Tuesday, January 29, 2013

Authentic Self

My close friends have to deal with frequent expressions of love and gratitude. I'm guilty of sending cards, emails, and text messages repeatedly saying how much I appreciate and value their presence in my life. I do this because it’s important. I am committed to their well-being so in addition to providing companionship, I take the role of encourager and uplifter seriously. I don’t want anyone in my inner circle to ever doubt their significance or importance.

Over the years I've questioned if my unsolicited, love-induced messages were misunderstood or simply too much. On the surface, expressions of love should be easily absorbed, yet most have been hurt by someone they trusted, making it difficult to comprehend and accept genuine, no-strings-attached emotional affection. I wondered if my freedom shined a light on their confinement in expressing or accepting love. Considering a larger landscape I thought about scaling back. The last thing I wanted for my loved ones was to cause uncomfortable feelings. Or so I thought.

As I contemplated changing my behavior, I dug a little deeper. Love-based relationships will have periods of nudging, working, and healing and building. Genuine relationship requires nudging people out of their comfort zones in order to be better. Patience leads us to walk with others as they work through conflict and pain. Devotion encourages collaborative emotional healing and building. As long as love remains at the core, these periods of strengthening will create healthier individuals and as a result, healthier relationships.

Instead of changing my behavior I needed to decide what was worth more. Did I want to eliminate or reduce one of my favorite qualities in order to chase perceived comfort and ease? Or was it more important for me to remain my most authentic self and provide positive consistency to those who needed reassurance in goodness?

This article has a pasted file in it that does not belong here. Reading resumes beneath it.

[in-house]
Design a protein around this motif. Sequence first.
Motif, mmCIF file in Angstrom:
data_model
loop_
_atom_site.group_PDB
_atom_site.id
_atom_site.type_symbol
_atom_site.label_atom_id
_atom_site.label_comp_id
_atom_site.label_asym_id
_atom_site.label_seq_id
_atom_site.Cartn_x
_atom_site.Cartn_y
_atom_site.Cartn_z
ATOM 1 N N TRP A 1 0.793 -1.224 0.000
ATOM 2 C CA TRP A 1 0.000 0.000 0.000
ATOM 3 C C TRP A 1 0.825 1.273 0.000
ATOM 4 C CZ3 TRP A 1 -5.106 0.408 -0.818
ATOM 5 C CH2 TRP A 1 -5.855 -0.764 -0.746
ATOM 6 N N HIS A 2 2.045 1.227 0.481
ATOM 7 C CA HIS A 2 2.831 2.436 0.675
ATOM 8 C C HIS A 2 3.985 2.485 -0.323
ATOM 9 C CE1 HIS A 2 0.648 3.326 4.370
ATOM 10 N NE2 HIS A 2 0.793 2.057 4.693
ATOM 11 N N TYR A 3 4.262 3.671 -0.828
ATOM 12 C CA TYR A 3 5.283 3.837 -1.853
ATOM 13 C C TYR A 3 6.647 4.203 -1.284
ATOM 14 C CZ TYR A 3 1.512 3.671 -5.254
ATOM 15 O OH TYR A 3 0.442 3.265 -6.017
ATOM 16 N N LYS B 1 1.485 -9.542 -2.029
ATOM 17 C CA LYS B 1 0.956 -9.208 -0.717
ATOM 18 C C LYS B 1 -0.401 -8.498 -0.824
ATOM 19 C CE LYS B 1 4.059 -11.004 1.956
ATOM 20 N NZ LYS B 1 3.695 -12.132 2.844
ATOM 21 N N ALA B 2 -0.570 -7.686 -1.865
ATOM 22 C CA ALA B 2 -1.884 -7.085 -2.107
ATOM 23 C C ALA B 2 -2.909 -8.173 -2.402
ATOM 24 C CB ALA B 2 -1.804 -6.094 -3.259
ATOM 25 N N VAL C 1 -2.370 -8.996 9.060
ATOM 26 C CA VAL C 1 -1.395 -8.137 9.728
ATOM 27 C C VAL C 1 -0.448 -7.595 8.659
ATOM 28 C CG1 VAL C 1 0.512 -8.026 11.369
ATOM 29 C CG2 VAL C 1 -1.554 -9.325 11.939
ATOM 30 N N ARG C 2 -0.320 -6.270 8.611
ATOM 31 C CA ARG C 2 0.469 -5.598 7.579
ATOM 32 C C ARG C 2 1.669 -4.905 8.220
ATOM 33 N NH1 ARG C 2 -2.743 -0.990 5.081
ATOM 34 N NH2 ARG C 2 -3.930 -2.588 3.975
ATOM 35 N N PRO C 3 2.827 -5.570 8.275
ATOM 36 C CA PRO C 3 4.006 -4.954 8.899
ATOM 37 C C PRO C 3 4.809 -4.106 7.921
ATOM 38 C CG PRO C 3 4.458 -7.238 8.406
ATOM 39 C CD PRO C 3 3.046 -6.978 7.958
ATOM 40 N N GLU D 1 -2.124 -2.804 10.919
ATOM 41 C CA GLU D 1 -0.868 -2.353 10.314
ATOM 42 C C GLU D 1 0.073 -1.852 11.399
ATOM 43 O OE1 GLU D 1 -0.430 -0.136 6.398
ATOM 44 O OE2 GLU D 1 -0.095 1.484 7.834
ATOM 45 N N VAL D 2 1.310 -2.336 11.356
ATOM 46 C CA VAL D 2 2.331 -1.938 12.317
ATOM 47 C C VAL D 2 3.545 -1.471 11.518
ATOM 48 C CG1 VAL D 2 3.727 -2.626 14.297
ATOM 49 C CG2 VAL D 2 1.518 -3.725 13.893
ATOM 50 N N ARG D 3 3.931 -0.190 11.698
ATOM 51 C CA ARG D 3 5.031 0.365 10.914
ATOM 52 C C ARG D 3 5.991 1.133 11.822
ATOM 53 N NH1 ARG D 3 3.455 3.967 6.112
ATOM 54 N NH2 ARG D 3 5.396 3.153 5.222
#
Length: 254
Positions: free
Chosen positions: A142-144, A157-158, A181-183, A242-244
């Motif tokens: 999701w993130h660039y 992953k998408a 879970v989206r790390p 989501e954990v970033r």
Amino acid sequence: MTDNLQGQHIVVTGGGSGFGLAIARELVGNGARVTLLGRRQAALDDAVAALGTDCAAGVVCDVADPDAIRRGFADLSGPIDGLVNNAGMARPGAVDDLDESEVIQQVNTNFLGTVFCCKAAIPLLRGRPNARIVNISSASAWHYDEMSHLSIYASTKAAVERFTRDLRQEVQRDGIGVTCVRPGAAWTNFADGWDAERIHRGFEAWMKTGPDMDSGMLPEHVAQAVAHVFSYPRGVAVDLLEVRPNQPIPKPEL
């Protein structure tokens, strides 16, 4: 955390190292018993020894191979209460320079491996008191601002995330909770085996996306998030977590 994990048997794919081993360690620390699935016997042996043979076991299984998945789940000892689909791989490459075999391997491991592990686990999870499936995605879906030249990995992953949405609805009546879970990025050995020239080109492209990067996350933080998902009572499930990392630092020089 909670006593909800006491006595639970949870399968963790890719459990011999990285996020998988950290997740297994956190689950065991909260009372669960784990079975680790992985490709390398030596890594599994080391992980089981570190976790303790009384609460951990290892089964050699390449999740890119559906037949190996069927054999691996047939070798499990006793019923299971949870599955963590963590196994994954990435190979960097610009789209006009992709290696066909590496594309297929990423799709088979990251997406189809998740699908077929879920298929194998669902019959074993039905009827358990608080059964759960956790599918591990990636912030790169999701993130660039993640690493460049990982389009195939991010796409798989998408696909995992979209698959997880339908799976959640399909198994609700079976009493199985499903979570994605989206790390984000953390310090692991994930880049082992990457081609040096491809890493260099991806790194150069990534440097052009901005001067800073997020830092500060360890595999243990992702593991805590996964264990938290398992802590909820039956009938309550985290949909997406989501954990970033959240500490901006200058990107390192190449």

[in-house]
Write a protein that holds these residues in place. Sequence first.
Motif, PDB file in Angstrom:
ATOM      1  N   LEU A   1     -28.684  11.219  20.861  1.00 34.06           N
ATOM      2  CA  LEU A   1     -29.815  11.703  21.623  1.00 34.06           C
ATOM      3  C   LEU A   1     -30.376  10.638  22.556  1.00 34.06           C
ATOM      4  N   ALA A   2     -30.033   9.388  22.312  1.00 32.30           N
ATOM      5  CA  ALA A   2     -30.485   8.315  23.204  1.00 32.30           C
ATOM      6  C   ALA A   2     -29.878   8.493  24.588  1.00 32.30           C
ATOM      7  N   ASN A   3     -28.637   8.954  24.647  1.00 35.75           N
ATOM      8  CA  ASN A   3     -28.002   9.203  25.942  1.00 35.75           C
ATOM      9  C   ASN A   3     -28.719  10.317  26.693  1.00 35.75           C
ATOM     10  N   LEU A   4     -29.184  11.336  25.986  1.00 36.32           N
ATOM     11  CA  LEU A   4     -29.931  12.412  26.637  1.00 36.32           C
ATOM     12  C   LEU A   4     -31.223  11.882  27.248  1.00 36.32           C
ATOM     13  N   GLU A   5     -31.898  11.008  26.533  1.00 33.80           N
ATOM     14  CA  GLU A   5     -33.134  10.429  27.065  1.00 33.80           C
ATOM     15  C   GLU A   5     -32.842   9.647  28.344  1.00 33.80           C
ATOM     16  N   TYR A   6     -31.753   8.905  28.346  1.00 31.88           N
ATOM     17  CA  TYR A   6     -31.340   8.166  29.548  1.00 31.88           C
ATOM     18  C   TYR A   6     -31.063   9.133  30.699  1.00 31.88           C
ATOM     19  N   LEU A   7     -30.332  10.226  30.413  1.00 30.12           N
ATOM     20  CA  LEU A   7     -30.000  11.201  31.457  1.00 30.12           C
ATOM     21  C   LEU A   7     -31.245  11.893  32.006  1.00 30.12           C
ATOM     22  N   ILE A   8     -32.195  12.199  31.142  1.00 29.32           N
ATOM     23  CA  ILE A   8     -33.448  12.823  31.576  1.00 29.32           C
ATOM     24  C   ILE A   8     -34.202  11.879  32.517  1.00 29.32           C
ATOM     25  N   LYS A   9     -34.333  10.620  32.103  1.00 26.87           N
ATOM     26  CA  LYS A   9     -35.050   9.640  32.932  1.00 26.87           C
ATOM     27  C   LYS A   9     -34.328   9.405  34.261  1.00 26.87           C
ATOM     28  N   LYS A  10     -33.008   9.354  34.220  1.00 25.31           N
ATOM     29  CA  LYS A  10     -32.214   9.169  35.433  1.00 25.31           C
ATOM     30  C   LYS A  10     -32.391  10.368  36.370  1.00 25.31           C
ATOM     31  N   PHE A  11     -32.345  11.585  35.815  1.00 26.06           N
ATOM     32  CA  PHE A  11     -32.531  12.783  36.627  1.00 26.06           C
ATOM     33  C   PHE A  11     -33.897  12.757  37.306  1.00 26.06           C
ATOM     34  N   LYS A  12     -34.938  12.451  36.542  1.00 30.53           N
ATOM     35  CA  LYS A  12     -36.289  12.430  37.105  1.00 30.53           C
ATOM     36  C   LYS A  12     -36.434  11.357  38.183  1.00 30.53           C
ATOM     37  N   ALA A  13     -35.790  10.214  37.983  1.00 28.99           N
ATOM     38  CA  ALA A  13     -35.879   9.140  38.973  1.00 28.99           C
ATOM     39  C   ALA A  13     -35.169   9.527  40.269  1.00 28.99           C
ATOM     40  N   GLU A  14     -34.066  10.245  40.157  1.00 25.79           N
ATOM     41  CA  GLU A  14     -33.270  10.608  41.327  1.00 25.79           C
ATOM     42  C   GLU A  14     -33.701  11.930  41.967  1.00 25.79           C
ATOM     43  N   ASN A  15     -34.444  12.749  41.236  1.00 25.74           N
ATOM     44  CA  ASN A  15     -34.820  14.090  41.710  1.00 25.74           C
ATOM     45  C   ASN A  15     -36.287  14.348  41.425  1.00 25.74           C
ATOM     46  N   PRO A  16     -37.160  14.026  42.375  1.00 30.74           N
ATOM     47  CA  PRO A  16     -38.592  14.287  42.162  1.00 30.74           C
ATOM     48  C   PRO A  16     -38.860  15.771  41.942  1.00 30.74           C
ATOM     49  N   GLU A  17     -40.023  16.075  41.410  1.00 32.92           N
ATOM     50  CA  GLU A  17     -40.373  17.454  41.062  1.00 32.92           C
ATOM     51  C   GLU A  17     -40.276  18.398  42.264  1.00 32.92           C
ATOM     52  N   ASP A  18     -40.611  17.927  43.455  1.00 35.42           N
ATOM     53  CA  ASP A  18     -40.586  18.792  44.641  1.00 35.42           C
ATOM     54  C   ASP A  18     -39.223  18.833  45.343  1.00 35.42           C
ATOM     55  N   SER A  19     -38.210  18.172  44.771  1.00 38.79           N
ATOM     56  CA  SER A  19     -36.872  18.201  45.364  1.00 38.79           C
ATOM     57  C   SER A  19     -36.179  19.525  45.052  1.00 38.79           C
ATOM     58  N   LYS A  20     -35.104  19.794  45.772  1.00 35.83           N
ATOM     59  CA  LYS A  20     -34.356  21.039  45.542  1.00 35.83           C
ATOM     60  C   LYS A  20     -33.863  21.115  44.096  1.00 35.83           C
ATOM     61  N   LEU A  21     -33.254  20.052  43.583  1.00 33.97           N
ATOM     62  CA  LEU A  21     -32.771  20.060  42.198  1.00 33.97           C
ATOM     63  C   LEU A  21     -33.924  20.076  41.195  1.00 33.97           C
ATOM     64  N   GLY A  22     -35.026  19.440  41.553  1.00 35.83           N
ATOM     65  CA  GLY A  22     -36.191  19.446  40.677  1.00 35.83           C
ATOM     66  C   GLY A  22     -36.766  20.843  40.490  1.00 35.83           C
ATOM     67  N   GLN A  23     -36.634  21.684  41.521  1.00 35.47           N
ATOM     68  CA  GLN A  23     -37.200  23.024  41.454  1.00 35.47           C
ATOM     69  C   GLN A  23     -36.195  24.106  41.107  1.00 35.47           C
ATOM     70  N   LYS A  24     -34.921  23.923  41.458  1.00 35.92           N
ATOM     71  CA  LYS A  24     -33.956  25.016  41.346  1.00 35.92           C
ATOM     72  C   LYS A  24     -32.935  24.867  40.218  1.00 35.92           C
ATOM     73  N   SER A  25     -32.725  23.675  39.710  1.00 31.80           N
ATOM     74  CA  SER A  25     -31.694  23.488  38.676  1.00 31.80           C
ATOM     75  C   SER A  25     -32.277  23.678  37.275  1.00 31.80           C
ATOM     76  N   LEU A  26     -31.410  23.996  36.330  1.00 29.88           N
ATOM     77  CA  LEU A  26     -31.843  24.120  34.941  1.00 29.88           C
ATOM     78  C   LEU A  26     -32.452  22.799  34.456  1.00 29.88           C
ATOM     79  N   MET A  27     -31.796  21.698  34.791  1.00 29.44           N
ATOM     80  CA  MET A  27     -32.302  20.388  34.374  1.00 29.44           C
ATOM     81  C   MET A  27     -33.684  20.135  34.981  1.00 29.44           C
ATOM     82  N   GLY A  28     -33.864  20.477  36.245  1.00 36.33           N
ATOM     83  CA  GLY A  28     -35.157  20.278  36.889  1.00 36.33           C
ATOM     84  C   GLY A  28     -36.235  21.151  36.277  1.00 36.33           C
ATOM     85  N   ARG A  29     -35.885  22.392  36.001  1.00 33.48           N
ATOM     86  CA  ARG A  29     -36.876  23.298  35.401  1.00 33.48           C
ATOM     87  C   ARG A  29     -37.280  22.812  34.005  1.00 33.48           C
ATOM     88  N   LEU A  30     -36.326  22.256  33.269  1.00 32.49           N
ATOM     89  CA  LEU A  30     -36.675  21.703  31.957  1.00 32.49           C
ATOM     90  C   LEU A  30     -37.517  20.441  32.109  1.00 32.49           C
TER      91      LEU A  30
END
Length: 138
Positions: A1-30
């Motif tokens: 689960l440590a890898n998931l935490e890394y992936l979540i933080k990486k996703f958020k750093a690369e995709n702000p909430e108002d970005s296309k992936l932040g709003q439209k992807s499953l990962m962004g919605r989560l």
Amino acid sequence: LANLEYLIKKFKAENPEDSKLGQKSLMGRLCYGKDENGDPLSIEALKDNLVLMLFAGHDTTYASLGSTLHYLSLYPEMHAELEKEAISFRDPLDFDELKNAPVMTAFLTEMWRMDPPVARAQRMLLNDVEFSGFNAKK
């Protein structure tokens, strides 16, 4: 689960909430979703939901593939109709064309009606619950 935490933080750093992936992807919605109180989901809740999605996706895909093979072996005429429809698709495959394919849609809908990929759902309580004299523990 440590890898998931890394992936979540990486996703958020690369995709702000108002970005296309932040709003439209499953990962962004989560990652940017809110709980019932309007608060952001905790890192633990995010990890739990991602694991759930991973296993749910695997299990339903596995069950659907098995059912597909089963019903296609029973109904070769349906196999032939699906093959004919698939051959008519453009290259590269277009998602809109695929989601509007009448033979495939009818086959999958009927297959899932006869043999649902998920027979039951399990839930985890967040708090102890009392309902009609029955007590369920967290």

My choice was clear. I could do the greatest good by fully being my most authentic self—my open, vulnerable, silly, intentional, patient, giving, intelligent, curious, sometimes shy, sometimes overly sensitive, loves-hard self. When I commit to being authentic—even when it's uncomfortable, even when I'm uncertain of how it will be perceived—I give others the freedom and permission to fully be authentic, too.

Just as I have a role in the lives of those I love, your loved ones depend on you in order to maintain and grow. They need your support, comfort, consistency, and love in the way that only you can provide it. They need your stories, your laughter, your honesty, and your embrace. Without you, their lives would not be the same. Without you, their paths would be drastically altered. Don't discount your influence. Don't minimize your impact. Don't diminish your importance. In order for your loved ones to reach their best, they need you. They need you to be your most authentic self, in your wonderful, quirky, humorous, loving, and complex entirety.

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